Whoops! You just formatted your digital camera memory card by accident and now all of your pictures are gone! Or maybe your card became corrupted and none of the pictures can be read anymore? Unfortunately, losing or deleting pictures from a memory card is a very common problem simply because sometimes people simply press the wrong buttons on the camera!
Luckily, there are many software applications that can help you recover your lost digital photos. Pictures can be recovered because when a photo is deleted from a memory card, the link to the photo is removed, but not the actual data. You can think of it this way: you go to a library and look up a book in the database, but don’t find any information. Maybe the book was new and had not been put into their online system yet, but the physical book is still in the library, you just can’t find it easily.
Photo recovery programs because ignore the link and read all the books in the library and just spit them back out for you. They usually work very well unless some serious damage has been done to your card. In this article, I’m going to mention a couple of programs I used on a test set of data and show you how well they performed. I basically copied a couple of folders of pictures onto a memory card and then deleted the photos using Windows. Then I tried each program to see how many photos they could recover.
Note: If you just want to see which programs worked best, skip down to the conclusion and then read the section on that particular program and how to use it.
The programs I’m going to mention here are best used to recover data from an SD memory card or from a flash memory device like a USB stick. If you want to recover files off a computer hard disk, check out my previous post on recovering accidentally deleted files, which uses a different program.
Pandora Recovery has a free photo recovery tool that can be used to recover photos from a variety of devices. Go ahead and download and install it. Once you open it, you’ll see a wizard pops up automatically. Uncheck the box for the wizard, which will then take you to the main interface.
Click on your memory device in the left hand side and it will start performing a scan automatically. If you’re lucky, the top box will start filling up with the name of the images that were deleted. In my test, I deleted about 105 pictures from the memory card and it found 128!
You can click on the files at the top and it will show you a preview of the image, if it’s possible to recover. Now to recover the photos, go ahead and use the SHIFT key to select all the photos in the top box and then click on the Recover button, which is the small little orange trash icon. This will bring up the recover dialog box.
Choose a folder where you want the recovered files to be kept and click Recover Now. Make sure the location for the recovered files is not in the same location as the deleted files. Now give it some time and you should see your images being recovered!
Once finished, which took about 10 minutes, I got back about 80 out of 105 pictures that were originally stored on the card. Not too bad, but I was hoping for more. There were actually more pictures recovered, but for some reason the other ones could not be opened. Let’s try another program.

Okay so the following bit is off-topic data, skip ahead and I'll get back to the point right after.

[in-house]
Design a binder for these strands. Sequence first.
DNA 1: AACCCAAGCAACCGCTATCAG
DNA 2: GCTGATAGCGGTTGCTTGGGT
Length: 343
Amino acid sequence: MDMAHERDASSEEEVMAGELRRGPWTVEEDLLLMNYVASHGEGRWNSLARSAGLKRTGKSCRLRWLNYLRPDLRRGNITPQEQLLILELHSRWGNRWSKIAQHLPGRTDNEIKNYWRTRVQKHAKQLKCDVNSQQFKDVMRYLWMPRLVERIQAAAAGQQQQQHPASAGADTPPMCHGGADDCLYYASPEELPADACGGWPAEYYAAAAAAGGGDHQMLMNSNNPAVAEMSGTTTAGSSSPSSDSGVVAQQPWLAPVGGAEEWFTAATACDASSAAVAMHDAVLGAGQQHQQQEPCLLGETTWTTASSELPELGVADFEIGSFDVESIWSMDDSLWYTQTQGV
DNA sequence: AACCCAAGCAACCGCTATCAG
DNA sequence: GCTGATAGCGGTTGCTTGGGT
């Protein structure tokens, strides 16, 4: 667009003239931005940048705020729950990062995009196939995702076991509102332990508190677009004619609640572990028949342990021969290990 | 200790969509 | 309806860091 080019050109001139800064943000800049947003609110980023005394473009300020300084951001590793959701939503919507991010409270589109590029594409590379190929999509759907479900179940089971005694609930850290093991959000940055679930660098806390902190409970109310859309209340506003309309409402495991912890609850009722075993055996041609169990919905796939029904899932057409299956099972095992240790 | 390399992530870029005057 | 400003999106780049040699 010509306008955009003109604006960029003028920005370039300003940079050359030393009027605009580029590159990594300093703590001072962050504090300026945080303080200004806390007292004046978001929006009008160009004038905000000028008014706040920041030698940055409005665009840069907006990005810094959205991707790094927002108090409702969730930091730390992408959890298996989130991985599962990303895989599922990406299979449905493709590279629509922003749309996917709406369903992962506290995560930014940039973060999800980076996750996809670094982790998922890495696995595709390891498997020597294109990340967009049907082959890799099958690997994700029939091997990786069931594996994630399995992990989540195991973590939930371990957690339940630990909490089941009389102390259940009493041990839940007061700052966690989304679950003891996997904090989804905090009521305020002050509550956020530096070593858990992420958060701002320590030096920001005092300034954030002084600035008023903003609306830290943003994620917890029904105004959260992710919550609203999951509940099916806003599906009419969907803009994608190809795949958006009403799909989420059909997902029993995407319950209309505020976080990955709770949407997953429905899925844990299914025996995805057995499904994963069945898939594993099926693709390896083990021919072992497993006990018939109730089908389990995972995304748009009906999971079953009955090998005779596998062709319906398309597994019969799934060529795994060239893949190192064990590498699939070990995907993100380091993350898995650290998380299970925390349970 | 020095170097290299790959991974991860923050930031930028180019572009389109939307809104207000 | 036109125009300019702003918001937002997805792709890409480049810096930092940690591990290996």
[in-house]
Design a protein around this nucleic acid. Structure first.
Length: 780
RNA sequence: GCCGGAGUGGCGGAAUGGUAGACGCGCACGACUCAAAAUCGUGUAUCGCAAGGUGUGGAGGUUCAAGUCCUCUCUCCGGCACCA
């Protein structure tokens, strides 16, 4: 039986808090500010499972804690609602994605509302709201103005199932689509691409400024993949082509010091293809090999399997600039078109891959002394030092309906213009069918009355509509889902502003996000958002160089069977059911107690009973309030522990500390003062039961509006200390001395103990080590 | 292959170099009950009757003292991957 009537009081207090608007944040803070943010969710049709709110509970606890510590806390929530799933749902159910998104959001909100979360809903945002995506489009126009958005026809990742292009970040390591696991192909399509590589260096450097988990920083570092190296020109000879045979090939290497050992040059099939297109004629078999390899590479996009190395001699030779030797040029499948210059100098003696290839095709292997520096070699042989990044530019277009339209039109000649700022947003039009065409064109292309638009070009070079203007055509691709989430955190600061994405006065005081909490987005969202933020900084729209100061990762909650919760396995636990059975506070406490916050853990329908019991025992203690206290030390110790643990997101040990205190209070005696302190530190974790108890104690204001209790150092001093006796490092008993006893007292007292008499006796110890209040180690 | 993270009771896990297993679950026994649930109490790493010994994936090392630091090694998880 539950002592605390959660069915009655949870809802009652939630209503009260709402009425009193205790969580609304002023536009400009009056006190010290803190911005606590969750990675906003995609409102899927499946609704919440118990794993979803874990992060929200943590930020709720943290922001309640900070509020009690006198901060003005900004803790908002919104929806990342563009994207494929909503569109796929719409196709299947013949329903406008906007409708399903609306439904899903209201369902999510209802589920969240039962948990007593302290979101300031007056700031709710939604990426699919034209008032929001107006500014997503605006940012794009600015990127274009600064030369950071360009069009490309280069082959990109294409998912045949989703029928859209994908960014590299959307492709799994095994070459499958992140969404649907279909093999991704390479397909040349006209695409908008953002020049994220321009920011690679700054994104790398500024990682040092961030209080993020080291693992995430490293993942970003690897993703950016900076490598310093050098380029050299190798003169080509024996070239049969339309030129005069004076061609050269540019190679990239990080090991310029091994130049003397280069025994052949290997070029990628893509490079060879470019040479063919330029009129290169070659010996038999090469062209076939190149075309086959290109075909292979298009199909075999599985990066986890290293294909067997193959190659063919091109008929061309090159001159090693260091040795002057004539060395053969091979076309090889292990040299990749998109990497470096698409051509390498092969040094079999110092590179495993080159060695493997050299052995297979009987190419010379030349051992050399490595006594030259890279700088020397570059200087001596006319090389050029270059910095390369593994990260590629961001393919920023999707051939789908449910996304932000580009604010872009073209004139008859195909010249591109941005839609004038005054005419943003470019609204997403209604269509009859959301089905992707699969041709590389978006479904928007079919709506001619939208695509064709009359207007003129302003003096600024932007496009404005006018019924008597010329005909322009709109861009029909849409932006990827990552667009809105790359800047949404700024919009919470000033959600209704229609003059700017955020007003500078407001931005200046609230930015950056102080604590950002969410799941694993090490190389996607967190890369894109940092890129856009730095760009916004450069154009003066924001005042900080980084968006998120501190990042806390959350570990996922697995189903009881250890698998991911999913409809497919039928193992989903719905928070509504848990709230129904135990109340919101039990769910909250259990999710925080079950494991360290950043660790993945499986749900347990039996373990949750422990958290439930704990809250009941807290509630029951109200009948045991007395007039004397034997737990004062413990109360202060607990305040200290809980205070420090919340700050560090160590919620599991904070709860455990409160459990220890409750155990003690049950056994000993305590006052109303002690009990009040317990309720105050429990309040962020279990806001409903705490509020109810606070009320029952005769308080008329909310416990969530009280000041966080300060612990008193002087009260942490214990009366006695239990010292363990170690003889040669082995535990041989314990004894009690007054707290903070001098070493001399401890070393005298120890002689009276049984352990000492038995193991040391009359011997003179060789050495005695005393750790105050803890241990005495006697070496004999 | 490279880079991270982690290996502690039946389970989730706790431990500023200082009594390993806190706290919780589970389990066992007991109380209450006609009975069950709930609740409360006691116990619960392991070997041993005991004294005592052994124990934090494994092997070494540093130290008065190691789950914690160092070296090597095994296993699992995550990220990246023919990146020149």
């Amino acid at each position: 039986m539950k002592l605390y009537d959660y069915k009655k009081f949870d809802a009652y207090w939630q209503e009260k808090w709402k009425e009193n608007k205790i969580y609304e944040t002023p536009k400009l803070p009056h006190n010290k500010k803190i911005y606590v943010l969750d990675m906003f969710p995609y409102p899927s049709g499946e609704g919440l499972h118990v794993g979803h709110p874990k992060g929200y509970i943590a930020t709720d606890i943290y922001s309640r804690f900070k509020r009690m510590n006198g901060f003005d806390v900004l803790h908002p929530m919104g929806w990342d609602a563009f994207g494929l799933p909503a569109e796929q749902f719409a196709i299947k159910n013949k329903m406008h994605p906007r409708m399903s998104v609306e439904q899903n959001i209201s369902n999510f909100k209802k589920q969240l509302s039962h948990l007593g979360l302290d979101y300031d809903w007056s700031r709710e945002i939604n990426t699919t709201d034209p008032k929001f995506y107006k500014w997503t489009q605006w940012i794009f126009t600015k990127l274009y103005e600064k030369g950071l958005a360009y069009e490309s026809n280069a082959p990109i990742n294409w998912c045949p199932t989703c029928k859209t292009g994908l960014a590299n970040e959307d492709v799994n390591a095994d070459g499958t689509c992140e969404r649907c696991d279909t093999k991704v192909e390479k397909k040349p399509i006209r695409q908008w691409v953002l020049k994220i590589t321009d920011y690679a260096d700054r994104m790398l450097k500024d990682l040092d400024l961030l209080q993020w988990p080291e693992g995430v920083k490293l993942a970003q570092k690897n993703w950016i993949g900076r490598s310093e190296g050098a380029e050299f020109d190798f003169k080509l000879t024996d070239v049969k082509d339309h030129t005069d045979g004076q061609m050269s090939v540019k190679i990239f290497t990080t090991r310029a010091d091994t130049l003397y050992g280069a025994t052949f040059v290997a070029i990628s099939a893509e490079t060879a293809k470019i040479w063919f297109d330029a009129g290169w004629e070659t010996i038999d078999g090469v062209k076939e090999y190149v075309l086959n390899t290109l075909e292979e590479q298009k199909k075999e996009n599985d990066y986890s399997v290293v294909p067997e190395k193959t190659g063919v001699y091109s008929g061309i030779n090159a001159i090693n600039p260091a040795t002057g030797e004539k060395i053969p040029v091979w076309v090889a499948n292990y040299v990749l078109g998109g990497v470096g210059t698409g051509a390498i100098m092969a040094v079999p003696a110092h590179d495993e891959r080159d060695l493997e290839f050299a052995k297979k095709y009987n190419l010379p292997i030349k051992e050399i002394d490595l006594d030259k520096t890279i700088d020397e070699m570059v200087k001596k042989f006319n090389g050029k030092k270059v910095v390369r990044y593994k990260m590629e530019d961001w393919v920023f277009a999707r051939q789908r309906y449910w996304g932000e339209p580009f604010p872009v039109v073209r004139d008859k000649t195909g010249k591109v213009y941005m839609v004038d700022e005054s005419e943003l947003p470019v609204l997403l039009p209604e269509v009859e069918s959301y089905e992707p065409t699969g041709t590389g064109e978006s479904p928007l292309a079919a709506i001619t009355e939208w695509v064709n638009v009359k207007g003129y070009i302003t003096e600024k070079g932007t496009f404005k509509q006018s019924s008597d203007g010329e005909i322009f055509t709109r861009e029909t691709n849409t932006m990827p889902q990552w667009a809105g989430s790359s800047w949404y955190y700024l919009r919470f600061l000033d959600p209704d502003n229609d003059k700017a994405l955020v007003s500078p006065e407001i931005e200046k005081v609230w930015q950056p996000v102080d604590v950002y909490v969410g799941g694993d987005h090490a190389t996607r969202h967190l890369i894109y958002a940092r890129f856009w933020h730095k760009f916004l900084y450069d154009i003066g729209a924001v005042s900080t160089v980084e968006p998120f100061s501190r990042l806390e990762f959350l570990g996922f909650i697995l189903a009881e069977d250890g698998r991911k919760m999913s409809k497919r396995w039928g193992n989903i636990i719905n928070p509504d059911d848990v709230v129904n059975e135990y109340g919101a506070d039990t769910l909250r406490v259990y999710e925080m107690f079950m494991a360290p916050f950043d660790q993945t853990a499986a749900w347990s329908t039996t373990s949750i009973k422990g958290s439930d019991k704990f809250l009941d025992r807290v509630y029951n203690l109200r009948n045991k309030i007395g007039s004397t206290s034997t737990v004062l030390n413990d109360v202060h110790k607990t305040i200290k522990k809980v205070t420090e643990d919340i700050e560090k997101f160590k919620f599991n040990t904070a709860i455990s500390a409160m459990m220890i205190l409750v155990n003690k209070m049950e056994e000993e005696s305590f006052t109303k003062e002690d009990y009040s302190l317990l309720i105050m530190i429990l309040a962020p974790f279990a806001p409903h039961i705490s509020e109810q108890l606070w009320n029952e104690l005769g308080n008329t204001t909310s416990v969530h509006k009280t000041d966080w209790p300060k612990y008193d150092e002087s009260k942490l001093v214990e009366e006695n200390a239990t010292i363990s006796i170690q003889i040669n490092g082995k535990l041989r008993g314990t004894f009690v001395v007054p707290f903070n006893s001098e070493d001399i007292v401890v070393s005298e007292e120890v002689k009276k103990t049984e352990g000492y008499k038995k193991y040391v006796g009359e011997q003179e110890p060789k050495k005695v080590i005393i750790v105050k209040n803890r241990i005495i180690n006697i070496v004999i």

Zero Assumption Recovery
ZAR (Zero Assumption Recovery) is also free for recovering photos. It’s still a trial version you have to download, but for whatever reason, they made the image recovery part of the program free. Once you install it and run it, you’ll see the main interface.
Click on the Image Recovery (Free) button to get started. It will list out the devices connected to the computer, so go ahead and choose your memory device and then click Next.
Now you’ll see a nice little map of your drive broken down by data sectors. As the program scans the drive, it will color code the sectors according to data fragments, nothing interesting, file system structures and bad sectors.
At this point, you just have to sit back and wait. ZAR took about 20 minutes, so twice as long as Pandora. When completed, you get a list of photos that can be recovered. Go ahead and check the root box so that all the images are checked too.
Click the Next button at the bottom right (Not the Save button below the file list) and choose a destination for your recovered images. Then go ahead and click on the Start copying the selected files button.
Once completed, go check the folder and hopefully you’ll be as happy as I was. The program was able to recover all 105 out of 105 images! The program took longer, but it was well worth the wait! So far ZAR, the results were 100% recovery in my small test. Let’s try more programs.
Undelete 360 is our third program for the photo recovery test, so let’s get into it. Once you install it and run it, click the Search button at the top and select the drive you want to recover data from and then click Start.
Within just a few seconds, the program told me there were 105 files to be recovered and even gave me the status, which was Very Good. The only annoying thing about the free version is that it makes you select each file individually, so if you have a lot of pictures to recover, you’re going to be clicking for a while unless you buy the paid version. Anyway, once selected, go ahead and click on Recover.
Select a location where you want the recovered files saved and then click Start. I didn’t select any of the options just because I wanted as much of the image data retrieved and didn’t really care about the other stuff.